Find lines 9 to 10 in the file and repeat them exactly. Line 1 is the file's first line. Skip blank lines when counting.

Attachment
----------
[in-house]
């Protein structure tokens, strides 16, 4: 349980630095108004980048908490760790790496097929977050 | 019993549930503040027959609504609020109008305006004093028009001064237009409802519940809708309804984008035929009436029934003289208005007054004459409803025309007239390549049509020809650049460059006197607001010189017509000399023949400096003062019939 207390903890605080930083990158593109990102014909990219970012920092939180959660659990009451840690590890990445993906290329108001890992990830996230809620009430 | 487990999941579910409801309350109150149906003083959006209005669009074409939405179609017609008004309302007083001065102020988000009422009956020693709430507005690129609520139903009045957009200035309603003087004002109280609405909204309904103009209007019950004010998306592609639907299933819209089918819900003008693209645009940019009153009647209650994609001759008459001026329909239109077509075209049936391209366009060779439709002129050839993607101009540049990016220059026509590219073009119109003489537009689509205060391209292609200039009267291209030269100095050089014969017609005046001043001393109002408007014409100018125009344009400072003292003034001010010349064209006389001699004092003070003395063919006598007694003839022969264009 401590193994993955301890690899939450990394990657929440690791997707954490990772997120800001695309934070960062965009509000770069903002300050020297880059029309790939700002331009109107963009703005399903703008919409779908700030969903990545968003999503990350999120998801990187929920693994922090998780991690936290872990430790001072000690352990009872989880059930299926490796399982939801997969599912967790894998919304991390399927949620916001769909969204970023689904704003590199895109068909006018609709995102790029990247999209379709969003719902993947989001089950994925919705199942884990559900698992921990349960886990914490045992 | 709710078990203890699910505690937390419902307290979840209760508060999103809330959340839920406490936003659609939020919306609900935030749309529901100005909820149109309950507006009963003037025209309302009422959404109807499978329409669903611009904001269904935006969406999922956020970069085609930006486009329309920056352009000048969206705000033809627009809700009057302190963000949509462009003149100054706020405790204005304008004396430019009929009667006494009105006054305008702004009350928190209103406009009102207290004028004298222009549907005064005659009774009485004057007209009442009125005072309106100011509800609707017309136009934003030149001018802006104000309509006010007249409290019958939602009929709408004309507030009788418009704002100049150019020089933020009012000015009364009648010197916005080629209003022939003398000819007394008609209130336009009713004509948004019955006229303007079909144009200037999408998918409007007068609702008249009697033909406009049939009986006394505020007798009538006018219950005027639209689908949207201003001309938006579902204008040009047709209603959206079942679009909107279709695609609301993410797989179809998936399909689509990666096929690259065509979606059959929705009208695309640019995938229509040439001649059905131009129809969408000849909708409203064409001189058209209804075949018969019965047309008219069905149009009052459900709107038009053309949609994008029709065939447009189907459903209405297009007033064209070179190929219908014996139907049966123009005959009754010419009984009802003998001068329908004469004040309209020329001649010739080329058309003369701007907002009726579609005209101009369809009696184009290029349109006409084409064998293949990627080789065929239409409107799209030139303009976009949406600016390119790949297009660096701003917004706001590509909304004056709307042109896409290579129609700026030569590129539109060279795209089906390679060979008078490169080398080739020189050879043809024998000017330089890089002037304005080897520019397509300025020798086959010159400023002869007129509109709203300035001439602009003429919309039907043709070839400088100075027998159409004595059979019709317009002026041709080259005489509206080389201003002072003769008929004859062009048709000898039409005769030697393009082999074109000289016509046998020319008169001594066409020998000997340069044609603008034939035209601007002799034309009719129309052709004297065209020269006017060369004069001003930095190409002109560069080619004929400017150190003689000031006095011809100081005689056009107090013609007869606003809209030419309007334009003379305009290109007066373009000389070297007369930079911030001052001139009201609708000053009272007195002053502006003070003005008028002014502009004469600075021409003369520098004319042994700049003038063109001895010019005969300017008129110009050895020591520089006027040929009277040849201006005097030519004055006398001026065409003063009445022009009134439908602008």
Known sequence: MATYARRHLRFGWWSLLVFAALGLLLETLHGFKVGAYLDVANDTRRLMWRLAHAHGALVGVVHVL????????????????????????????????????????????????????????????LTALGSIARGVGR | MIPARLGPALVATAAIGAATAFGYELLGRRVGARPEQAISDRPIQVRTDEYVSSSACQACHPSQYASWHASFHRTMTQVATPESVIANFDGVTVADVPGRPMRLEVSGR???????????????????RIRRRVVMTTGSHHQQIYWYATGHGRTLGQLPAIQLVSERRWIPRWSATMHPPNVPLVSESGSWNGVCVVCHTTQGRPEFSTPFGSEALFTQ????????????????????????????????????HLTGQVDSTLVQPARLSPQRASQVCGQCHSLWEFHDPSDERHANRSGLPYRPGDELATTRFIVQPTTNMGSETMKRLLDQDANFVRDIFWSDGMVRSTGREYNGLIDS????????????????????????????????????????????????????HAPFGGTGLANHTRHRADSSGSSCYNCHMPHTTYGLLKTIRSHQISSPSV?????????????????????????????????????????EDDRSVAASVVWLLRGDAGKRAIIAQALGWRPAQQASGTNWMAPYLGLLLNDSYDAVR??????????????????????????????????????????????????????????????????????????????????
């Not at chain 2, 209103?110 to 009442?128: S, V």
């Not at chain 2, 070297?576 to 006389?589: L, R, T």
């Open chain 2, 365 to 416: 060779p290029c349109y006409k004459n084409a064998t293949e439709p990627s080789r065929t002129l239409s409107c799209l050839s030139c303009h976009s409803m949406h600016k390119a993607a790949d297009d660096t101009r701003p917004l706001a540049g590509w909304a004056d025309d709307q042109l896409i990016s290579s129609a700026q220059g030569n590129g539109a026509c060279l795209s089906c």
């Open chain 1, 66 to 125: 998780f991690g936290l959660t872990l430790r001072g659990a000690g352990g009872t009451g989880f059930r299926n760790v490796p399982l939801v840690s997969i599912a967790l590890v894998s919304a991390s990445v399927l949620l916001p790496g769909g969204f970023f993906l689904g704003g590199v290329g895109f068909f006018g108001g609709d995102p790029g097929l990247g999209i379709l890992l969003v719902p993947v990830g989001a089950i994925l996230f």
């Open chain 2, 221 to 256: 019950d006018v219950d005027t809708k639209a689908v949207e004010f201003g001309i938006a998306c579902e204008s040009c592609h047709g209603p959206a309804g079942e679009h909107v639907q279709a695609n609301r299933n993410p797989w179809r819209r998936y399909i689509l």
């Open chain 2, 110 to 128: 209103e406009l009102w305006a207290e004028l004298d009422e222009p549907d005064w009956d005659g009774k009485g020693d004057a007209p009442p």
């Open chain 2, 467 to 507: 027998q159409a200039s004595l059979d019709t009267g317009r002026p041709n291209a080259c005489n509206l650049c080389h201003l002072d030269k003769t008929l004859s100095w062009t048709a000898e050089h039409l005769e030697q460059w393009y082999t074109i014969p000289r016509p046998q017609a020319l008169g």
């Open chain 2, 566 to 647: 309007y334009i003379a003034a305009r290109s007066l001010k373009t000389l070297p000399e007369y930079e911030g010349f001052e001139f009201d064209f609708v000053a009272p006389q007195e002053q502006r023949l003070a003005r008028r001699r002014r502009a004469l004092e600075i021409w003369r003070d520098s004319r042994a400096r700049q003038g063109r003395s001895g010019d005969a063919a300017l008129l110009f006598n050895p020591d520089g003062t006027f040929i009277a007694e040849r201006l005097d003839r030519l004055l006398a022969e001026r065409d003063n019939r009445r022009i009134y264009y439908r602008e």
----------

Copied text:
């Open chain 2, 110 to 128: 209103e406009l009102w305006a207290e004028l004298d009422e222009p549907d005064w009956d005659g009774k009485g020693d004057a007209p009442p």
């Open chain 2, 467 to 507: 027998q159409a200039s004595l059979d019709t009267g317009r002026p041709n291209a080259c005489n509206l650049c080389h201003l002072d030269k003769t008929l004859s100095w062009t048709a000898e050089h039409l005769e030697q460059w393009y082999t074109i014969p000289r016509p046998q017609a020319l008169g």